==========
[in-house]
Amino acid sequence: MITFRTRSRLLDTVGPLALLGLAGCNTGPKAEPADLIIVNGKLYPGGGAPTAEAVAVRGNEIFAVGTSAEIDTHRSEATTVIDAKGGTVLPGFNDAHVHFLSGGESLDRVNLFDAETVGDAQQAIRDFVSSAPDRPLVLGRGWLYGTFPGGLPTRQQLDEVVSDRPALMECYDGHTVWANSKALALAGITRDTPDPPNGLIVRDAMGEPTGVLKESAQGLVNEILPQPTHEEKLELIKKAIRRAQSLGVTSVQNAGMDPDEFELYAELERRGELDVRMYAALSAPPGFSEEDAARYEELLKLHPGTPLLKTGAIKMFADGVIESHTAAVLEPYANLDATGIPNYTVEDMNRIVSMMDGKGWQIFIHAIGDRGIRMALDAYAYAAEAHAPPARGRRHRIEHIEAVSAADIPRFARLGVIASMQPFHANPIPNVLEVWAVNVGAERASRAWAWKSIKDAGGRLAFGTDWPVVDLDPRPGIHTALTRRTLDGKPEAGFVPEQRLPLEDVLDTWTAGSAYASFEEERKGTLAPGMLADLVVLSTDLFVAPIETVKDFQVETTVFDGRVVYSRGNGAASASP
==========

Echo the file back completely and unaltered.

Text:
[in-house]
Amino acid sequence: MITFRTRSRLLDTVGPLALLGLAGCNTGPKAEPADLIIVNGKLYPGGGAPTAEAVAVRGNEIFAVGTSAEIDTHRSEATTVIDAKGGTVLPGFNDAHVHFLSGGESLDRVNLFDAETVGDAQQAIRDFVSSAPDRPLVLGRGWLYGTFPGGLPTRQQLDEVVSDRPALMECYDGHTVWANSKALALAGITRDTPDPPNGLIVRDAMGEPTGVLKESAQGLVNEILPQPTHEEKLELIKKAIRRAQSLGVTSVQNAGMDPDEFELYAELERRGELDVRMYAALSAPPGFSEEDAARYEELLKLHPGTPLLKTGAIKMFADGVIESHTAAVLEPYANLDATGIPNYTVEDMNRIVSMMDGKGWQIFIHAIGDRGIRMALDAYAYAAEAHAPPARGRRHRIEHIEAVSAADIPRFARLGVIASMQPFHANPIPNVLEVWAVNVGAERASRAWAWKSIKDAGGRLAFGTDWPVVDLDPRPGIHTALTRRTLDGKPEAGFVPEQRLPLEDVLDTWTAGSAYASFEEERKGTLAPGMLADLVVLSTDLFVAPIETVKDFQVETTVFDGRVVYSRGNGAASASP